Home Authors Books Subjects Events Software Features Links Newsletter Gifts Blog Write Review What's New

Children's Books - age range 10 to 100*

Review - The Cause of Mosquitoes' Sorrow - Surendra Verma 

 

Visit bookshop

This is a book that has without doubt one of the best titles of any popular science book we've reviewed. There something wonderfully wistful and mysterious about the title, which certainly doesn't give many clues away about what the book actually is - it's a chronological wander through scientific breakthroughs, beginnings and blunders, giving a page per discovery, and bringing in both the obscure and the obvious.

It is one of those books that could equally well go in our children's or adults' section. It isn't explicitly a children's book, but the approach taken is often quite simplistic - the main Archimedes entry, for example (there is another on levers) gives us the apocryphal bath story and the account of his death, both worthy of a Horrid Science book (and both considered highly unlikely by historians of science). Another example is the first line of the page on Bell and the telephone. "Did you know the first words spoken on the telephone?" it asks. This sort of wording feels most comfortable in a children's book.

Younger readers will appreciate the basics, while adult readers will probably get more out of some of the more obscure discoveries and blunders including Chladni's 1794 theory that meteorites dropped out of the sky and Blondlot's 'discovery' of the totally imaginary N-rays. No phlogiston, strangely, though.

There's the occasional small accuracy hiccup - Einstein is misquoted on the subject of quantum mechanics and dice, and buckminsterfullerine is called buckminsterfullerness, but mostly it's good stuff.

What would have made this a solidly 5 star book is if each page had a couple of other books as recommended further reading on the topic. This only seemed to happen once with a reference to Verma's own Why Aren't They Here - but as each of the pages in this book really acts as a taster for a particular bit of science, it would have been absolutely wonderful if each page then gave the reader a chance to dig deeper and really explore a topic that intrigued.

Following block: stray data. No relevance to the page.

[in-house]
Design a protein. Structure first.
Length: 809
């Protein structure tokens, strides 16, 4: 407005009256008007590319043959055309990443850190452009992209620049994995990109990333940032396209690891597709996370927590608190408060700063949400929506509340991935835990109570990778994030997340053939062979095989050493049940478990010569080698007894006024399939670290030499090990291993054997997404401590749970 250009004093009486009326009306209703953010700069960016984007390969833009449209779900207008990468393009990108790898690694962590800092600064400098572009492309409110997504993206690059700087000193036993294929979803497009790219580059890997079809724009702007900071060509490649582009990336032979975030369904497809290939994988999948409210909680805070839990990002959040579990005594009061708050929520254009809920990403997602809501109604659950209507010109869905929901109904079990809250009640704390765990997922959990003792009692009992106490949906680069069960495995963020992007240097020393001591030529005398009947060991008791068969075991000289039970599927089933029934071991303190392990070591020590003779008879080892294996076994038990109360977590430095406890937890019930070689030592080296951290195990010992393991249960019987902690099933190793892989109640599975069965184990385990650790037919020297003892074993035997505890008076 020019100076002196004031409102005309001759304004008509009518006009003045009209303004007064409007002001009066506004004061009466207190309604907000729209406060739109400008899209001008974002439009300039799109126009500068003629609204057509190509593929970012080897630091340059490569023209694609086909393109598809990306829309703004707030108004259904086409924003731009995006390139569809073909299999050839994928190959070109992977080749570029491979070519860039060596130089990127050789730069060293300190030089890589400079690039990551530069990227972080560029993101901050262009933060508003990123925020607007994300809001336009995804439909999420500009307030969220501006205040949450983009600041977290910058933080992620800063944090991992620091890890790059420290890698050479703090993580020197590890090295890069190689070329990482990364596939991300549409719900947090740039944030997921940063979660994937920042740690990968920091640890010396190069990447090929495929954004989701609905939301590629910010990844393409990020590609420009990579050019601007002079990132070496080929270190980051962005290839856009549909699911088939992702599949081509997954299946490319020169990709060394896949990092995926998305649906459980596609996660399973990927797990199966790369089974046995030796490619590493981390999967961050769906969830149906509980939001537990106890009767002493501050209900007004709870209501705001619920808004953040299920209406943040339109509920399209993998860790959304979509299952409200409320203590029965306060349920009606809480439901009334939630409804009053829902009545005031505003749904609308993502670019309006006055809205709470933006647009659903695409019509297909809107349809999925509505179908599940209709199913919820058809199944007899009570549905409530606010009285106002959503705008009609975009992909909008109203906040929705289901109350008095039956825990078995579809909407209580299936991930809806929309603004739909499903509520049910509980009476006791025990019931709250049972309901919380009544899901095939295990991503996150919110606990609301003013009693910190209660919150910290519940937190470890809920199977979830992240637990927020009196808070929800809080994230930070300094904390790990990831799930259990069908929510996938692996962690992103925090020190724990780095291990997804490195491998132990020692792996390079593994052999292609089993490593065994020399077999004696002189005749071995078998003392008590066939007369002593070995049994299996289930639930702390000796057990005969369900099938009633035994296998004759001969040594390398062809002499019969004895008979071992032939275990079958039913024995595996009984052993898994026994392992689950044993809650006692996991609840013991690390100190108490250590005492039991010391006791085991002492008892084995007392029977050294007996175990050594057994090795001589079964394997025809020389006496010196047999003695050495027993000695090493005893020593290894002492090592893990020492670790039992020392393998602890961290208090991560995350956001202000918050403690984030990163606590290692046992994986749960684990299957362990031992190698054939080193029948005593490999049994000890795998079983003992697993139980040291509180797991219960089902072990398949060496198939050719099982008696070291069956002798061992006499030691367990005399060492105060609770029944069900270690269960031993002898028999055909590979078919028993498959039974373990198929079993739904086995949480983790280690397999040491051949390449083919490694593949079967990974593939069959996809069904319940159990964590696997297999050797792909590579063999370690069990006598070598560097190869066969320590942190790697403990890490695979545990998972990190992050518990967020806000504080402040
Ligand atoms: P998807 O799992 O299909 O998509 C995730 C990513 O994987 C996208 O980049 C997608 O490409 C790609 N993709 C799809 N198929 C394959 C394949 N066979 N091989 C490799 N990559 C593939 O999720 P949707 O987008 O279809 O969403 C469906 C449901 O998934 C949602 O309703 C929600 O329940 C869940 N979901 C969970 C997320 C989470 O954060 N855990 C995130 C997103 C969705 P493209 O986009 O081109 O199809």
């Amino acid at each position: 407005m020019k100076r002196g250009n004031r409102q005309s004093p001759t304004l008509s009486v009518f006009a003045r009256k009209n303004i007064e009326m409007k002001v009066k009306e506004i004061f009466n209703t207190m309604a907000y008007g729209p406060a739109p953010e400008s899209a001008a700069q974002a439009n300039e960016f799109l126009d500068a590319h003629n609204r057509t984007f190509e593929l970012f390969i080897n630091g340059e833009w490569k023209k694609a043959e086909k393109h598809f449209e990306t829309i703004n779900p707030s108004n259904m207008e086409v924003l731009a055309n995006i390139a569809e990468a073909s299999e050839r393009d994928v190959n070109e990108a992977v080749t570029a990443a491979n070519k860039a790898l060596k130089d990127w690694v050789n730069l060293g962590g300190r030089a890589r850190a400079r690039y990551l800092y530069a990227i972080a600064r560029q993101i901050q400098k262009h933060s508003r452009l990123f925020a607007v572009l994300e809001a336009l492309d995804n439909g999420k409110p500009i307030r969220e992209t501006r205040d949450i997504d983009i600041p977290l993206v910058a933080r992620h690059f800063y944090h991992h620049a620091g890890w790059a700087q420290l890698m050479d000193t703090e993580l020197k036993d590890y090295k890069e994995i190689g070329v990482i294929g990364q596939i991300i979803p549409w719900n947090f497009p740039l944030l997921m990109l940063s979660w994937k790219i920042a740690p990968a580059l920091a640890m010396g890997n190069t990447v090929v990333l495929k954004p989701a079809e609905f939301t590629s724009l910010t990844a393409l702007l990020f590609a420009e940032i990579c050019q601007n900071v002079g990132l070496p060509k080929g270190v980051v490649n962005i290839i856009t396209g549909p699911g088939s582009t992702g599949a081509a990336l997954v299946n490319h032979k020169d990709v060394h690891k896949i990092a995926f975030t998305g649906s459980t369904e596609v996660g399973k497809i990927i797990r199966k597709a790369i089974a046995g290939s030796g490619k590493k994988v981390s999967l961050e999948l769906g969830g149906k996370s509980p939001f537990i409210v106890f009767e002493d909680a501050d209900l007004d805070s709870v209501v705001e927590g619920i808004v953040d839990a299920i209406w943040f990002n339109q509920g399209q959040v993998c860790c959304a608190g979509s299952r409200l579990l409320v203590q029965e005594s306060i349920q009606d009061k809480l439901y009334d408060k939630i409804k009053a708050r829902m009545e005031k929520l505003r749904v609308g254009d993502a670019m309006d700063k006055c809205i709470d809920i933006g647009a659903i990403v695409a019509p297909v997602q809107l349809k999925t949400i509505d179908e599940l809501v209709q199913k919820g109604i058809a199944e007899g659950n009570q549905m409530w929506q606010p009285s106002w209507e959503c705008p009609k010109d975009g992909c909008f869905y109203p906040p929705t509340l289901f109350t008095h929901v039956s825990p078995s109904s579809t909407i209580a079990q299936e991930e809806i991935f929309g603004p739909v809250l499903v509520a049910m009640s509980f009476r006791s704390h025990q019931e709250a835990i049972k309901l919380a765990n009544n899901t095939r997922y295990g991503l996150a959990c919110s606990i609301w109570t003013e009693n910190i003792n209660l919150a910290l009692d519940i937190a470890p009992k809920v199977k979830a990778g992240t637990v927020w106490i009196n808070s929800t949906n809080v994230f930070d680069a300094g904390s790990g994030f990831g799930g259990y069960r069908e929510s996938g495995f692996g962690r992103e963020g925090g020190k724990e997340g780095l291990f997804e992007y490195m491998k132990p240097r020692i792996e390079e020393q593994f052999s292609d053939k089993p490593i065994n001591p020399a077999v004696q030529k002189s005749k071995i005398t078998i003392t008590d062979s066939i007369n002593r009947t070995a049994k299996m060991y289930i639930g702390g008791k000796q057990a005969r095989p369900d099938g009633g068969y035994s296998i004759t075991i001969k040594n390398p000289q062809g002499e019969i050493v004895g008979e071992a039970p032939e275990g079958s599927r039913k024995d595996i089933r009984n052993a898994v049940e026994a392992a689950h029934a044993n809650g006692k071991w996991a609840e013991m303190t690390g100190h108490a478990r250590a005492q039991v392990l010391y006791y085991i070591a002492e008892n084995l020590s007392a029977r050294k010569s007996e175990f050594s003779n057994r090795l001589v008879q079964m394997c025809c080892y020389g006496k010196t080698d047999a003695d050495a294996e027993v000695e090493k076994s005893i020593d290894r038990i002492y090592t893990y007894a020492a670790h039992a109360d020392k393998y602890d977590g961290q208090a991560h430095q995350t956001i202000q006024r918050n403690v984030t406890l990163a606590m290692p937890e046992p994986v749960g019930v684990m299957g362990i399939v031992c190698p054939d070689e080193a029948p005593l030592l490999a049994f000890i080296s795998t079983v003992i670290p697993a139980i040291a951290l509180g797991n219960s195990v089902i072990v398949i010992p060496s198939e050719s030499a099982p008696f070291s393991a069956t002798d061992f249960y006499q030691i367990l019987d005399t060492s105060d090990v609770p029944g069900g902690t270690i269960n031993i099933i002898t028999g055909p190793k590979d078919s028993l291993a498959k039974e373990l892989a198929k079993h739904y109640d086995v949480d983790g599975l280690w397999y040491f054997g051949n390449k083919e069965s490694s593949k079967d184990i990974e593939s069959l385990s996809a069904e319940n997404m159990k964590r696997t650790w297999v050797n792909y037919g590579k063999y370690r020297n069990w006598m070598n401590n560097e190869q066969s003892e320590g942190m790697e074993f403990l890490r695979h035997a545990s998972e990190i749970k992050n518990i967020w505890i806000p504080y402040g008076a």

Reviewed by Brian Clegg

* Our age range recommendation is an estimated guide, but individual readers outside the range could still enjoy the book!

DISCLAIMERS

This site has no connection with Popular Science magazine or other sites and publications with a similar name.

Much of the content of this site is written by popular science writers or friends of popular science writers. Inevitably many of the reviews in such a small community are written by or about someone we know. We always aim to be impartial in our reviews, but there is a connection which we need make clear, as there is no intention to deceive. The content of any review or article is solely the opinion of the author and should not be read or understood on any other basis. The site exists to promote popular science writing and popular science authors and for this reason should be considered promotional material, just as the editorial reviews in an online bookshop or the blurb on the back of a book should be considered promotional.

The website should not be eaten or used where it can come into contact with water.

Disagree with our review? Want to comment on a feature? Contact us at info@ popularscience.co.uk - have your say!

Part of the Popular Science  site

Copyright Creativity Unleashed Limited 2005
Last update 05 June 2007